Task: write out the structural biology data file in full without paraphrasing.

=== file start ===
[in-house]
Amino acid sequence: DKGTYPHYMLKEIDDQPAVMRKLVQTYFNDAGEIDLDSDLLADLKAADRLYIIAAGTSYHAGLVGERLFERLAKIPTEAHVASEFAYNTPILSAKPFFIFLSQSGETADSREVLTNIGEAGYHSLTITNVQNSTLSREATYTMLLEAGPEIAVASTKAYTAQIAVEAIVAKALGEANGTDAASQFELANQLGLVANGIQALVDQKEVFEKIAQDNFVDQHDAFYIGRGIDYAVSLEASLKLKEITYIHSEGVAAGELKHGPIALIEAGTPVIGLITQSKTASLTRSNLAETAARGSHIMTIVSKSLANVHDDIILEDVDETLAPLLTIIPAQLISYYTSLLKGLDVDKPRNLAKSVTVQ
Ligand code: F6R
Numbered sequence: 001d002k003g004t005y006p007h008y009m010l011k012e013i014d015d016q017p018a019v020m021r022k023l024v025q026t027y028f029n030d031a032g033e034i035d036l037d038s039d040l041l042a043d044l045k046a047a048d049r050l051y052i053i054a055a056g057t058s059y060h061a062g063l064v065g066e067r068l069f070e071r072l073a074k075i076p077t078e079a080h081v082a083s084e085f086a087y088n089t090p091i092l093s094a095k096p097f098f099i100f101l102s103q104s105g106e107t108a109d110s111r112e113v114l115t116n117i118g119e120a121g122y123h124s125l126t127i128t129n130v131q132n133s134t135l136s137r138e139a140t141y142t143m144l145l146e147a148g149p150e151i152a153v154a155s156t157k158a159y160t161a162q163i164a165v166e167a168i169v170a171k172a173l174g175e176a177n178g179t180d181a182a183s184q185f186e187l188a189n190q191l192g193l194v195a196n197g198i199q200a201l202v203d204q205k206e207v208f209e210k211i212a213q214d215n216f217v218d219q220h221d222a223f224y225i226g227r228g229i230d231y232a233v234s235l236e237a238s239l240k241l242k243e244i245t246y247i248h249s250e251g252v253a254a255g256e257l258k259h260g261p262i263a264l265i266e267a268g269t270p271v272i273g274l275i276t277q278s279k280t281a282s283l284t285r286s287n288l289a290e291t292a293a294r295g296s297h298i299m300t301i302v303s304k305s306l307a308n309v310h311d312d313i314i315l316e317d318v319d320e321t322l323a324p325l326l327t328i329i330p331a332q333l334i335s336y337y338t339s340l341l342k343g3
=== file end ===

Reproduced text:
[in-house]
Amino acid sequence: DKGTYPHYMLKEIDDQPAVMRKLVQTYFNDAGEIDLDSDLLADLKAADRLYIIAAGTSYHAGLVGERLFERLAKIPTEAHVASEFAYNTPILSAKPFFIFLSQSGETADSREVLTNIGEAGYHSLTITNVQNSTLSREATYTMLLEAGPEIAVASTKAYTAQIAVEAIVAKALGEANGTDAASQFELANQLGLVANGIQALVDQKEVFEKIAQDNFVDQHDAFYIGRGIDYAVSLEASLKLKEITYIHSEGVAAGELKHGPIALIEAGTPVIGLITQSKTASLTRSNLAETAARGSHIMTIVSKSLANVHDDIILEDVDETLAPLLTIIPAQLISYYTSLLKGLDVDKPRNLAKSVTVQ
Ligand code: F6R
Numbered sequence: 001d002k003g004t005y006p007h008y009m010l011k012e013i014d015d016q017p018a019v020m021r022k023l024v025q026t027y028f029n030d031a032g033e034i035d036l037d038s039d040l041l042a043d044l045k046a047a048d049r050l051y052i053i054a055a056g057t058s059y060h061a062g063l064v065g066e067r068l069f070e071r072l073a074k075i076p077t078e079a080h081v082a083s084e085f086a087y088n089t090p091i092l093s094a095k096p097f098f099i100f101l102s103q104s105g106e107t108a109d110s111r112e113v114l115t116n117i118g119e120a121g122y123h124s125l126t127i128t129n130v131q132n133s134t135l136s137r138e139a140t141y142t143m144l145l146e147a148g149p150e151i152a153v154a155s156t157k158a159y160t161a162q163i164a165v166e167a168i169v170a171k172a173l174g175e176a177n178g179t180d181a182a183s184q185f186e187l188a189n190q191l192g193l194v195a196n197g198i199q200a201l202v203d204q205k206e207v208f209e210k211i212a213q214d215n216f217v218d219q220h221d222a223f224y225i226g227r228g229i230d231y232a233v234s235l236e237a238s239l240k241l242k243e244i245t246y247i248h249s250e251g252v253a254a255g256e257l258k259h260g261p262i263a264l265i266e267a268g269t270p271v272i273g274l275i276t277q278s279k280t281a282s283l284t285r286s287n288l289a290e291t292a293a294r295g296s297h298i299m300t301i302v303s304k305s306l307a308n309v310h311d312d313i314i315l316e317d318v319d320e321t322l323a324p325l326l327t328i329i330p331a332q333l334i335s336y337y338t339s340l341l342k343g3